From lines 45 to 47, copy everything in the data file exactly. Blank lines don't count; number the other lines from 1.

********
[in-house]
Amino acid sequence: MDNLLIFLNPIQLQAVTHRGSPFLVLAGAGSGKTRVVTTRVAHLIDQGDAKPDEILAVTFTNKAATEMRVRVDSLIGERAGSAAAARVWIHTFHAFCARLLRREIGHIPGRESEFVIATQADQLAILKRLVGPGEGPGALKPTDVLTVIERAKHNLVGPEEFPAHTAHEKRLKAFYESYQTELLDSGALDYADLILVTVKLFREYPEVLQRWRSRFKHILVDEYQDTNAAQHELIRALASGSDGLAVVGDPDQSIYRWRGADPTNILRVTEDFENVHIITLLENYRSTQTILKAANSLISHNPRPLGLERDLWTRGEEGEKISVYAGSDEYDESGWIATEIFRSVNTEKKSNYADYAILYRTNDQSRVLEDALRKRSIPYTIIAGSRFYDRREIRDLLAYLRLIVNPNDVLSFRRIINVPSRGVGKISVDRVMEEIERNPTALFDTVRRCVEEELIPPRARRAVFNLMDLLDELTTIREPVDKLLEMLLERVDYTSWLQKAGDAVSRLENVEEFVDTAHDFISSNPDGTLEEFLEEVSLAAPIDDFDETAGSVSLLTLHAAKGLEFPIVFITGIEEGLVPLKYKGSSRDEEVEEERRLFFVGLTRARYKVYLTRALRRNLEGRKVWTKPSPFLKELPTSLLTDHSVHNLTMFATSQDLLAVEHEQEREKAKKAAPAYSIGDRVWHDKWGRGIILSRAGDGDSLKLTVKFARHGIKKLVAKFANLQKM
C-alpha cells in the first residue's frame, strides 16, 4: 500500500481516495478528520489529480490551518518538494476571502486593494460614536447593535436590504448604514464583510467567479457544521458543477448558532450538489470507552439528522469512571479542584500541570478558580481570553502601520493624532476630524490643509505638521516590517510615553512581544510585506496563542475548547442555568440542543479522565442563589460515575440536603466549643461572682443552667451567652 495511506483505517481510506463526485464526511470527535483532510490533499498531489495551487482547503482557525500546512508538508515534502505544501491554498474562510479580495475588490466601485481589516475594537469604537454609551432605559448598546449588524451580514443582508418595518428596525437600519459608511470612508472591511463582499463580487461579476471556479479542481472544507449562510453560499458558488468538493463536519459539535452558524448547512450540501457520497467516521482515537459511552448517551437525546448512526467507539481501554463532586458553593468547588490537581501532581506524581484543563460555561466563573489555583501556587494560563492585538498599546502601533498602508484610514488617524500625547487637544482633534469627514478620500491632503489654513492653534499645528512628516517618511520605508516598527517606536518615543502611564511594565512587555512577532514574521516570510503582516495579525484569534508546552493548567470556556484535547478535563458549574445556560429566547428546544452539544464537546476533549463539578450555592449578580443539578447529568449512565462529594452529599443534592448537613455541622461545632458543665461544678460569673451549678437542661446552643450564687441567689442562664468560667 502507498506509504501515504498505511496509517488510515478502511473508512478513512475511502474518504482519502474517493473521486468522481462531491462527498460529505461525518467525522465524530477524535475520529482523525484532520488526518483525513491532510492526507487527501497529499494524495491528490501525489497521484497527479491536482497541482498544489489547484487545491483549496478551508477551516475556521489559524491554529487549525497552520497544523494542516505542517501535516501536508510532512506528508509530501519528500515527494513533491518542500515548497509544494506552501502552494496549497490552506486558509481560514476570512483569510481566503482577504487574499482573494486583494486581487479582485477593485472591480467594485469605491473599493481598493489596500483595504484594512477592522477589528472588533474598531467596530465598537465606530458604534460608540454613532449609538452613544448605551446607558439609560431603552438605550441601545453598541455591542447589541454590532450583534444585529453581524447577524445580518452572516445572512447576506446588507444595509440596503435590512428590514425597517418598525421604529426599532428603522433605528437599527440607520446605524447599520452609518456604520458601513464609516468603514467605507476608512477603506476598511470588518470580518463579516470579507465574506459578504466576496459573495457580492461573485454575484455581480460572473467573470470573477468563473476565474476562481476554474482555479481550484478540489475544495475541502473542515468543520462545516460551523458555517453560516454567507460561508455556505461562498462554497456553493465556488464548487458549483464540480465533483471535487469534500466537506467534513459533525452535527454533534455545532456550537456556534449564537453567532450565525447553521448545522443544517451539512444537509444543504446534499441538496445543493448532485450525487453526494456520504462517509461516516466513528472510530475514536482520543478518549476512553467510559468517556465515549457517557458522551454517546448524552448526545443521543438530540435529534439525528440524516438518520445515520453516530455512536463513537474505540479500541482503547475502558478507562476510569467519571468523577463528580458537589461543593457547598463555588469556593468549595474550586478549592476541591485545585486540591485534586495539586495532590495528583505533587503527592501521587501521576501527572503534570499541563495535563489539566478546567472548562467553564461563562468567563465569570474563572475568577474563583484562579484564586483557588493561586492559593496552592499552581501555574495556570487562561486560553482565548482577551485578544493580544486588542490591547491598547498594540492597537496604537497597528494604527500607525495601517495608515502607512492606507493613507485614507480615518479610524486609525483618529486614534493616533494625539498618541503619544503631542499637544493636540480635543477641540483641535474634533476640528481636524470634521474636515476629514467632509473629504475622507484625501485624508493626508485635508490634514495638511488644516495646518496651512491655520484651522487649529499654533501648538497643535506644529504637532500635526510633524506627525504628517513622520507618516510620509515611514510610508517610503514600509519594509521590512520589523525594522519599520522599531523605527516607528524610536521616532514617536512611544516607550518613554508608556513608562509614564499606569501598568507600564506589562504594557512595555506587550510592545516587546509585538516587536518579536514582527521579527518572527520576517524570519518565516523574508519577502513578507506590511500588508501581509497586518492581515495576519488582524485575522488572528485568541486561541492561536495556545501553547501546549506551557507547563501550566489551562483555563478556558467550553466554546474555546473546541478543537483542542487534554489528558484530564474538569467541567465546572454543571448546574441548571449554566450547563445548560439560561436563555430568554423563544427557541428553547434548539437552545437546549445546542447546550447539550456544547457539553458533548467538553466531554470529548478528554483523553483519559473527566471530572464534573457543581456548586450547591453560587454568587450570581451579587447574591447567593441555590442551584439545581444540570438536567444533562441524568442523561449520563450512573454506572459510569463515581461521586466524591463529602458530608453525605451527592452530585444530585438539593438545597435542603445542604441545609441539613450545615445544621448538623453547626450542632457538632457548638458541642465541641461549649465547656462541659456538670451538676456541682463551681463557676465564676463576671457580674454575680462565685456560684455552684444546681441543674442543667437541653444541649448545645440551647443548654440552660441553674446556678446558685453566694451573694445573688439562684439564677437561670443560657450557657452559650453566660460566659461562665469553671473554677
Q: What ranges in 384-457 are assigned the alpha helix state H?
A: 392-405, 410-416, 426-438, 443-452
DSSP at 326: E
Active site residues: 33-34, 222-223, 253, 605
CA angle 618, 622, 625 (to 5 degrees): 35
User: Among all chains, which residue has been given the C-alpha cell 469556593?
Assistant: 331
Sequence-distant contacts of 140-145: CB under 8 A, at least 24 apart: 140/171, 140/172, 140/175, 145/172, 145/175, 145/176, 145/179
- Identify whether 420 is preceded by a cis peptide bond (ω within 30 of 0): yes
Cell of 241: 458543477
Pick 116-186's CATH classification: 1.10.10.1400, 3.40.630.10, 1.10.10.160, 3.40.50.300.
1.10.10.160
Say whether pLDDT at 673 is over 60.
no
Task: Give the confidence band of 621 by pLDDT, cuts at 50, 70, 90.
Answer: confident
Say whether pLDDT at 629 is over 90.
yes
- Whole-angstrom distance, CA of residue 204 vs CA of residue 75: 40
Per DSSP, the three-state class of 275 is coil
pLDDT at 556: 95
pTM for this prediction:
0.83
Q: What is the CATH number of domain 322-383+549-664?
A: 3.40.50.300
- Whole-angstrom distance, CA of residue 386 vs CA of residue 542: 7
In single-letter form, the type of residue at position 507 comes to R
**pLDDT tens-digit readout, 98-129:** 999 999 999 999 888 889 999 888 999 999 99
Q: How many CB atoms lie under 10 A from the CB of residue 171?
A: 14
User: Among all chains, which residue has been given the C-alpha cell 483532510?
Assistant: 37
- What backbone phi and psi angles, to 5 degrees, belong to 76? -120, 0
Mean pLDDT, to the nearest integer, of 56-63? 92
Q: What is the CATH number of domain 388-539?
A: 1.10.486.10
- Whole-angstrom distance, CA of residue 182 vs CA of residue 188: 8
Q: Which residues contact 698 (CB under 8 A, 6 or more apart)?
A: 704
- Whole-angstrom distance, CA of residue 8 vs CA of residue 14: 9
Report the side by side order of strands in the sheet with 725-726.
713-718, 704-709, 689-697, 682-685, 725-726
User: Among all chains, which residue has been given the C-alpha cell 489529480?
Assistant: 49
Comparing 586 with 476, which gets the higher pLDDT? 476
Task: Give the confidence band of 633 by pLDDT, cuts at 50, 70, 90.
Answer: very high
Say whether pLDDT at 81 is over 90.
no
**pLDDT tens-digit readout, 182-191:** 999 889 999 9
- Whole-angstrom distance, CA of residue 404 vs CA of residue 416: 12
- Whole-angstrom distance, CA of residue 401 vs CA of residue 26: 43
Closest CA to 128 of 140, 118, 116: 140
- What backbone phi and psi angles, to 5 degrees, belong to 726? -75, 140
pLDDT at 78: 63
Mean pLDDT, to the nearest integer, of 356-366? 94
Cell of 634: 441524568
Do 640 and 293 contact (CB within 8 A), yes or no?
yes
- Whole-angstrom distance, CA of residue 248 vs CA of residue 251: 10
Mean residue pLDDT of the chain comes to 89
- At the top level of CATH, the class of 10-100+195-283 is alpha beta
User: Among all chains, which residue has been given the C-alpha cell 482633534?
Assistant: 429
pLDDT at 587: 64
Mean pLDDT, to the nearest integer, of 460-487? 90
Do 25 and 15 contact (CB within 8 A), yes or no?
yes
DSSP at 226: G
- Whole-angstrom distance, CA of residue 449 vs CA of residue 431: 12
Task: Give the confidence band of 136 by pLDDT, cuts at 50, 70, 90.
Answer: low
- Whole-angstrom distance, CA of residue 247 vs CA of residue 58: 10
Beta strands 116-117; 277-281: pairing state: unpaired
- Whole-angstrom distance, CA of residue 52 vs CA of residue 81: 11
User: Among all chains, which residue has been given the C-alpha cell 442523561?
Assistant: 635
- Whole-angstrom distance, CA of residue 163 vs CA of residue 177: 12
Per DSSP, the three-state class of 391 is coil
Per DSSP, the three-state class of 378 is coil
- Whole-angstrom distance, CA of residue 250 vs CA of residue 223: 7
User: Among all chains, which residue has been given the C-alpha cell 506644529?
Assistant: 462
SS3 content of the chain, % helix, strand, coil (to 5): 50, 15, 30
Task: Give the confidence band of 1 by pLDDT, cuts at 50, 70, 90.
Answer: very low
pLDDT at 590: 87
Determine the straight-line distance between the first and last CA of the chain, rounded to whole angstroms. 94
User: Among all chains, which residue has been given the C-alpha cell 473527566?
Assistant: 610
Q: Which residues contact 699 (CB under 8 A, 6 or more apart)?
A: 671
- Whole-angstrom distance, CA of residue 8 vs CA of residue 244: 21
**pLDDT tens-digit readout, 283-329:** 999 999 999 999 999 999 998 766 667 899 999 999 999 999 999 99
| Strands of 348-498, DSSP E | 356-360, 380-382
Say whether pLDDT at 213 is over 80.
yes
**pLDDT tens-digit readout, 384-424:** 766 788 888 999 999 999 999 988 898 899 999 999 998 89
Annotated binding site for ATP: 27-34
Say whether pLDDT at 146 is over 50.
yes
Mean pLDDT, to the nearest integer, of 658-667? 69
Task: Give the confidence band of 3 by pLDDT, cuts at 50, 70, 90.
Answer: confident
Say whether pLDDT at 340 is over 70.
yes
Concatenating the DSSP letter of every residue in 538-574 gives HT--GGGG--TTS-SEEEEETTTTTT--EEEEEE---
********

713-718, 704-709, 689-697, 682-685, 725-726
User: Among all chains, which residue has been given the C-alpha cell 489529480?
Assistant: 49